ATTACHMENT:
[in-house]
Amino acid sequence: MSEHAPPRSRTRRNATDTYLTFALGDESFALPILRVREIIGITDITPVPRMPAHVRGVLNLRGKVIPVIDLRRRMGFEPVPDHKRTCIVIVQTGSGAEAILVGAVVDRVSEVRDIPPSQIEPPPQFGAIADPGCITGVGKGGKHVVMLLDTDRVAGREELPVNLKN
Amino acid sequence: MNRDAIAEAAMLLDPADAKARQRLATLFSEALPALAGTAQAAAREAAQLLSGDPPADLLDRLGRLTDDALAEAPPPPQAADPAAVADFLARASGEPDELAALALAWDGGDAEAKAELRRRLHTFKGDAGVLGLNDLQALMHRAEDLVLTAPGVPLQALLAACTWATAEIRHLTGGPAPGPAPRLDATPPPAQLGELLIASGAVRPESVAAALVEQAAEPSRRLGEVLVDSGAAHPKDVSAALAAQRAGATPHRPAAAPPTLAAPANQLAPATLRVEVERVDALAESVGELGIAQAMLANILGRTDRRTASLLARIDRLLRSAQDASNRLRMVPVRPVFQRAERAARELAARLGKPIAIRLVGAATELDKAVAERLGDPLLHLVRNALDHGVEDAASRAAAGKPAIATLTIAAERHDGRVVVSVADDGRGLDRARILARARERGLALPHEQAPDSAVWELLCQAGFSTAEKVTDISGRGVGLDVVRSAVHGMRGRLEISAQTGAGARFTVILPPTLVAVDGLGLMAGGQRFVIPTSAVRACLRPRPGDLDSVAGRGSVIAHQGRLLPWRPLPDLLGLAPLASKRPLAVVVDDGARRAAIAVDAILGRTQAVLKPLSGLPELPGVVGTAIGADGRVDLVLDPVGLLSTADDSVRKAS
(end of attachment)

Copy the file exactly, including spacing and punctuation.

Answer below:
[in-house]
Amino acid sequence: MSEHAPPRSRTRRNATDTYLTFALGDESFALPILRVREIIGITDITPVPRMPAHVRGVLNLRGKVIPVIDLRRRMGFEPVPDHKRTCIVIVQTGSGAEAILVGAVVDRVSEVRDIPPSQIEPPPQFGAIADPGCITGVGKGGKHVVMLLDTDRVAGREELPVNLKN
Amino acid sequence: MNRDAIAEAAMLLDPADAKARQRLATLFSEALPALAGTAQAAAREAAQLLSGDPPADLLDRLGRLTDDALAEAPPPPQAADPAAVADFLARASGEPDELAALALAWDGGDAEAKAELRRRLHTFKGDAGVLGLNDLQALMHRAEDLVLTAPGVPLQALLAACTWATAEIRHLTGGPAPGPAPRLDATPPPAQLGELLIASGAVRPESVAAALVEQAAEPSRRLGEVLVDSGAAHPKDVSAALAAQRAGATPHRPAAAPPTLAAPANQLAPATLRVEVERVDALAESVGELGIAQAMLANILGRTDRRTASLLARIDRLLRSAQDASNRLRMVPVRPVFQRAERAARELAARLGKPIAIRLVGAATELDKAVAERLGDPLLHLVRNALDHGVEDAASRAAAGKPAIATLTIAAERHDGRVVVSVADDGRGLDRARILARARERGLALPHEQAPDSAVWELLCQAGFSTAEKVTDISGRGVGLDVVRSAVHGMRGRLEISAQTGAGARFTVILPPTLVAVDGLGLMAGGQRFVIPTSAVRACLRPRPGDLDSVAGRGSVIAHQGRLLPWRPLPDLLGLAPLASKRPLAVVVDDGARRAAIAVDAILGRTQAVLKPLSGLPELPGVVGTAIGADGRVDLVLDPVGLLSTADDSVRKAS